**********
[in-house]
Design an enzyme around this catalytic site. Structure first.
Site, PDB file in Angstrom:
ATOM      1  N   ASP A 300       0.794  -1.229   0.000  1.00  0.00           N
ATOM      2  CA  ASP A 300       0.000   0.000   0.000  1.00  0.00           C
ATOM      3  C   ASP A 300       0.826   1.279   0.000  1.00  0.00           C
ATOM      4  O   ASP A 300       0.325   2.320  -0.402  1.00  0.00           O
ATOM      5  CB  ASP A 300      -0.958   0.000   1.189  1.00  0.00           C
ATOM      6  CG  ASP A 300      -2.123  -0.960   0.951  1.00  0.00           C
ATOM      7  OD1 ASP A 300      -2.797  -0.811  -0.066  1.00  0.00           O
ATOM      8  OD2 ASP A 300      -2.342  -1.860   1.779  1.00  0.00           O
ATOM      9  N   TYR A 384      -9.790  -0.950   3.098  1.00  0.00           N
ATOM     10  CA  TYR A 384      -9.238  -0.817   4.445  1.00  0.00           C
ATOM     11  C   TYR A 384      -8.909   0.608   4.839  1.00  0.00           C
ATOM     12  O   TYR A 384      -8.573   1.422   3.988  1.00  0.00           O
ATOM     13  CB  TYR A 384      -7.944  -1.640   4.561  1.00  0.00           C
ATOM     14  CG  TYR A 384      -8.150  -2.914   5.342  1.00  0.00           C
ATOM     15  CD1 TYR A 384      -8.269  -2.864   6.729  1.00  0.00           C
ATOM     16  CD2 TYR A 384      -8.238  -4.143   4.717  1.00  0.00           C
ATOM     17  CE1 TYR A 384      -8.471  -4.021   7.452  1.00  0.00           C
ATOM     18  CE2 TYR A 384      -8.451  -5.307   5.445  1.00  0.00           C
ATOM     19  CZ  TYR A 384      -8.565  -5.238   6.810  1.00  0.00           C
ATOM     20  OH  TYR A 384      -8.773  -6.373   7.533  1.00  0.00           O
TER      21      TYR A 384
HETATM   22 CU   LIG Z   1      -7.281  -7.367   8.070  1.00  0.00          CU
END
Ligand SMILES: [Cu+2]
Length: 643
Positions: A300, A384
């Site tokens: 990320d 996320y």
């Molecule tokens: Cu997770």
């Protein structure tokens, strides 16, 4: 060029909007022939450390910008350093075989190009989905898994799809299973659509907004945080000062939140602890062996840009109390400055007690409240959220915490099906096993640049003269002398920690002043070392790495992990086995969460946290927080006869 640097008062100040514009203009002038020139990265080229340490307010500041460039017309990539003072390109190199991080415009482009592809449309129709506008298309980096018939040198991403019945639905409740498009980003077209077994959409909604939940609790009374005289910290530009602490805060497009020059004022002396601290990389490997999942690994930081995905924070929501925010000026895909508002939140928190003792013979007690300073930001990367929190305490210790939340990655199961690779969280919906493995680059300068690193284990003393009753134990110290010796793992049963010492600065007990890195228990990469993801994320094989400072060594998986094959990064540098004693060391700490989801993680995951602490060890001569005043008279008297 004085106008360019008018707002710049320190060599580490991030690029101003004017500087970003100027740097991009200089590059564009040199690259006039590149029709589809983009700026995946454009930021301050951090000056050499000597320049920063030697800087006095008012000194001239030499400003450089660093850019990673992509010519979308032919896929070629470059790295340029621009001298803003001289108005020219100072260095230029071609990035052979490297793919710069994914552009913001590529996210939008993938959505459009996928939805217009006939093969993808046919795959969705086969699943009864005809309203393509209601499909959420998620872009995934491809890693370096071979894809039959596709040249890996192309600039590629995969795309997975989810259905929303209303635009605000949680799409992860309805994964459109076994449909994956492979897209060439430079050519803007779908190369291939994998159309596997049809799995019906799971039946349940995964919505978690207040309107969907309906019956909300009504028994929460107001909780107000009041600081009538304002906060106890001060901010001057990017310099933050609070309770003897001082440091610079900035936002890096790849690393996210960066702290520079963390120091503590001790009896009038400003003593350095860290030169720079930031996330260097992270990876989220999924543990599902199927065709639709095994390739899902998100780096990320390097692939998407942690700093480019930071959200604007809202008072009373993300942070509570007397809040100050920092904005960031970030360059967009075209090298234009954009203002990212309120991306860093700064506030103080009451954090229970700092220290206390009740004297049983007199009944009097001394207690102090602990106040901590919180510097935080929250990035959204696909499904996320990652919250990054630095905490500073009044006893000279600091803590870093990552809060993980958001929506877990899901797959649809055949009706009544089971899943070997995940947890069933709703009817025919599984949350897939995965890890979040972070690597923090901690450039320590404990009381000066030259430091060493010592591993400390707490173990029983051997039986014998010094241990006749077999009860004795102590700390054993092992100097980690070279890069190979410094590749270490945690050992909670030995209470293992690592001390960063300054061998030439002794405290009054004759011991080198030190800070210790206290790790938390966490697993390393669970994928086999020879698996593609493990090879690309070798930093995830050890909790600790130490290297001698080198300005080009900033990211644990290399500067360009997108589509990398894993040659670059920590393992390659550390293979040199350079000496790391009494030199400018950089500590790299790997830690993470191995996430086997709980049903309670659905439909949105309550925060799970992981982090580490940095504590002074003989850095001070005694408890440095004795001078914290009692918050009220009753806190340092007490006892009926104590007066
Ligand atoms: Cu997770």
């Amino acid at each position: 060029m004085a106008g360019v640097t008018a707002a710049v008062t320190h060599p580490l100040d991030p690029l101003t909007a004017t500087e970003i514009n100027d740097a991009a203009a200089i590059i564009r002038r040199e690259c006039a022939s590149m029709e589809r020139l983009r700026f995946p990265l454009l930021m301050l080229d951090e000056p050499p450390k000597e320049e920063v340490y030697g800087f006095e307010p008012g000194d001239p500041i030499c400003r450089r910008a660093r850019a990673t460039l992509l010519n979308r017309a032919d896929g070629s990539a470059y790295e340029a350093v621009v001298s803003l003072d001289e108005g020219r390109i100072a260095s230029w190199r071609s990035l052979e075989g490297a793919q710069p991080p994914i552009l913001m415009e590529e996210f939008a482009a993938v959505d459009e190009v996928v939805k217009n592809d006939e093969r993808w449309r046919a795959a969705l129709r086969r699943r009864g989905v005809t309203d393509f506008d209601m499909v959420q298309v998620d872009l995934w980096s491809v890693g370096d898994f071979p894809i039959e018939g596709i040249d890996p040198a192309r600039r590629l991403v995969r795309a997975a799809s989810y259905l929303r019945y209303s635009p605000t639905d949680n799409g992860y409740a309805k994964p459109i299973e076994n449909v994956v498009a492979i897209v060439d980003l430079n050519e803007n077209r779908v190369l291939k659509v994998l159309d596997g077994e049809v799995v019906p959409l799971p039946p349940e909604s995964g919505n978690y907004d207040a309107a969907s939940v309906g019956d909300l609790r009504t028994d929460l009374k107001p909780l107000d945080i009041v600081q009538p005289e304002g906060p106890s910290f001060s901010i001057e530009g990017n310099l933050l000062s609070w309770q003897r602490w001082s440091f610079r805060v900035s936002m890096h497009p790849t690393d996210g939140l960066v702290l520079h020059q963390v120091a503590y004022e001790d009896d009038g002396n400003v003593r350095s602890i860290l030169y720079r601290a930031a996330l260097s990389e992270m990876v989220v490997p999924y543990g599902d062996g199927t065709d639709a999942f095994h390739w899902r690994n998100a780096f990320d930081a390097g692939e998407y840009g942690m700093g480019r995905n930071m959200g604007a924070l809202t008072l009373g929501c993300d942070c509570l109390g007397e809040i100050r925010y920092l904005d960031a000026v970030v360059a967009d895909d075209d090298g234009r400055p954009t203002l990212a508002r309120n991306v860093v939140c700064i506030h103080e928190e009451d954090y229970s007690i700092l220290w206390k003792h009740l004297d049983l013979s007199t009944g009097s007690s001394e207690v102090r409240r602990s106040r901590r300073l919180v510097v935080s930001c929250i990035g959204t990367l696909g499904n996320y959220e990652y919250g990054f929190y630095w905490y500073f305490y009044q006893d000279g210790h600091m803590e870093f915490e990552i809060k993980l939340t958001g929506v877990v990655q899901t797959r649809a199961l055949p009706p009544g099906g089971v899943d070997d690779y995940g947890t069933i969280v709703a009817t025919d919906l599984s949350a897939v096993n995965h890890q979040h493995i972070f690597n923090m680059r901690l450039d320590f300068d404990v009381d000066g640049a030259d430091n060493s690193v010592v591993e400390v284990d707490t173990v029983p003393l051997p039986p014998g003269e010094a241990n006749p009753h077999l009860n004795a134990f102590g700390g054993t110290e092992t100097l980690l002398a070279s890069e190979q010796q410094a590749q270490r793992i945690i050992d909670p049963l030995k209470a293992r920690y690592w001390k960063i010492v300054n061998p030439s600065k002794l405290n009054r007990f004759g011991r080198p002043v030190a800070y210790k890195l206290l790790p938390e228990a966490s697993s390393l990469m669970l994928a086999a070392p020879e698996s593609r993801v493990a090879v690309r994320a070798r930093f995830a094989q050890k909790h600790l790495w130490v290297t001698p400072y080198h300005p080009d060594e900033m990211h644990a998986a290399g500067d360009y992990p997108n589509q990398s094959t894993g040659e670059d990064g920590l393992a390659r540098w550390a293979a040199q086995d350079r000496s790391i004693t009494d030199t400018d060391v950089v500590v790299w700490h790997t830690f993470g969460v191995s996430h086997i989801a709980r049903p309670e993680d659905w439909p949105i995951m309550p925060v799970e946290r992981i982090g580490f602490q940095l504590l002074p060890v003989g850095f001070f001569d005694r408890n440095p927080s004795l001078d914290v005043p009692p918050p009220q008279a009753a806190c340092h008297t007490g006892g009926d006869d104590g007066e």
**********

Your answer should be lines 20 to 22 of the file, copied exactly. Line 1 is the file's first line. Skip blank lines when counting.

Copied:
ATOM     17  CE1 TYR A 384      -8.471  -4.021   7.452  1.00  0.00           C
ATOM     18  CE2 TYR A 384      -8.451  -5.307   5.445  1.00  0.00           C
ATOM     19  CZ  TYR A 384      -8.565  -5.238   6.810  1.00  0.00           C